Leopards are fascinating animals. In addition to being sublime hunters that will eat nearly anything and can survive in varied habitats from forests to deserts, they are able to withstand temperatures ranging from minus 40 degrees Celsius (104 degrees F) during winter to plus 40 degrees in summer.
Despite their resilience, poaching and habitat loss has caused leopard populations everywhere to have a tough time. But it appears that’s not the case for the big cats in the Loess Plateau of northern China, where numbers of the North Chinese leopard subspecies have increased, according to recent research.
“We were quite surprised that the number of leopards has increased because their populations are declining in many other places. We knew that there were leopards in this area, but we had no idea how many,” says Bing Xie, a Ph.D. student at Copenhagen University and one of the researchers of the study that was published in Integrative Zoology.
In a joint effort with scientists at Beijing Normal University, Xie covered more than 300 square miles of the Loess Plateau between 2016 and 2017. Camera footage installed by Xie and her fellow research colleagues showed an increase of 25 percent in the area’s leopard population from 88 in 2016 to 110 in 2017.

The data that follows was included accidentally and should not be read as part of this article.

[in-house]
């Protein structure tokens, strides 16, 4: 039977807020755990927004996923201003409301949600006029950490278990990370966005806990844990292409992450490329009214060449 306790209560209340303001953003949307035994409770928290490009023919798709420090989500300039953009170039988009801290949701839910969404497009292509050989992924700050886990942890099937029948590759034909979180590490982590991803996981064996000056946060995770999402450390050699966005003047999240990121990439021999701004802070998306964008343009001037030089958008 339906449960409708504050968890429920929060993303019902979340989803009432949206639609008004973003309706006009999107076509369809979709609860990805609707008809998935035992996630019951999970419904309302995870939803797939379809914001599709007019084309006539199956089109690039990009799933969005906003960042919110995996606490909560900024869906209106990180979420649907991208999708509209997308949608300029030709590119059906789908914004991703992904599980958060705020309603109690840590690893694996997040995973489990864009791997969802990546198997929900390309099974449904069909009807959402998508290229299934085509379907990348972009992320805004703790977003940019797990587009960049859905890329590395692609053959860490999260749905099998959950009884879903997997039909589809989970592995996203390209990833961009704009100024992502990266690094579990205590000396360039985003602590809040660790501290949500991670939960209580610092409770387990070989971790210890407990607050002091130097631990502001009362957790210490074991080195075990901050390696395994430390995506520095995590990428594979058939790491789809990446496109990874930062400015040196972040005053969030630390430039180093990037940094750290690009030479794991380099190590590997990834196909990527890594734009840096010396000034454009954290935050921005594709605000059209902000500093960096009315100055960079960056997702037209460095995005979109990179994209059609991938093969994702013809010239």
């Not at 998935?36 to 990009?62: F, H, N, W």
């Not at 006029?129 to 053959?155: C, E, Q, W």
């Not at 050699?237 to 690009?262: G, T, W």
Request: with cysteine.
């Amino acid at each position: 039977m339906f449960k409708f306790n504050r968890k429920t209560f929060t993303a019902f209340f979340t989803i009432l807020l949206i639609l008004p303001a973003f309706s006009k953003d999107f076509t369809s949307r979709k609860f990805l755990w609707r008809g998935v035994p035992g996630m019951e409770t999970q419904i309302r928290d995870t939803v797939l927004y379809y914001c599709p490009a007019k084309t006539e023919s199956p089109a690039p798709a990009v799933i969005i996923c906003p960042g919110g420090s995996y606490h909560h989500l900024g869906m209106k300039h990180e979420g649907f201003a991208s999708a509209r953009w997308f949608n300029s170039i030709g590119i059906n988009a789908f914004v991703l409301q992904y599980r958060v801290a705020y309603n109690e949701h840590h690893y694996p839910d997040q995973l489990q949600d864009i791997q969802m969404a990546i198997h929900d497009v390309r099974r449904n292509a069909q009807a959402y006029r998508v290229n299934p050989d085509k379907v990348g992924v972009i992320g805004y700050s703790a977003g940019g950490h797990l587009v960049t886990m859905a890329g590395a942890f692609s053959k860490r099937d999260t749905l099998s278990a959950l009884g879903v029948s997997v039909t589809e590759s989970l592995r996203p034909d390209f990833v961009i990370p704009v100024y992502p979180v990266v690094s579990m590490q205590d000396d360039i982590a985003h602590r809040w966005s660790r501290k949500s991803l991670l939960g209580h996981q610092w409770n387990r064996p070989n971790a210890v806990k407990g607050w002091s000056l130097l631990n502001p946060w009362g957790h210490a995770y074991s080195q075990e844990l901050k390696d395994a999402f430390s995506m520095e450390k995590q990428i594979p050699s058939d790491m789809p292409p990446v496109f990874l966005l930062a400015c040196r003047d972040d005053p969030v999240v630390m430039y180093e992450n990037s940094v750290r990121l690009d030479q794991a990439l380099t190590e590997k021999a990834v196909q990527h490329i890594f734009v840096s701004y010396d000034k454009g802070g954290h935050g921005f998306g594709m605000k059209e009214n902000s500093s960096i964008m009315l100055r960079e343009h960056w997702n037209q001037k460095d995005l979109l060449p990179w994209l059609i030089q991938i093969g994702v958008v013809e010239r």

The reason for this spotted golden giant’s rebound likely reflects the 13th five-year plan that the Chinese government, in consultation with a range of scientific researchers, implemented in 2015 to restore biodiversity in the area.
“About 20 years ago, much of the Loess Plateau’s forest habitat was transformed into agricultural land. Human activity scared away wild boars, toads, frogs, and deer - making it impossible for leopards to find food. Now that much of the forest has been restored, prey has returned, along with the leopards,” explains Xie.
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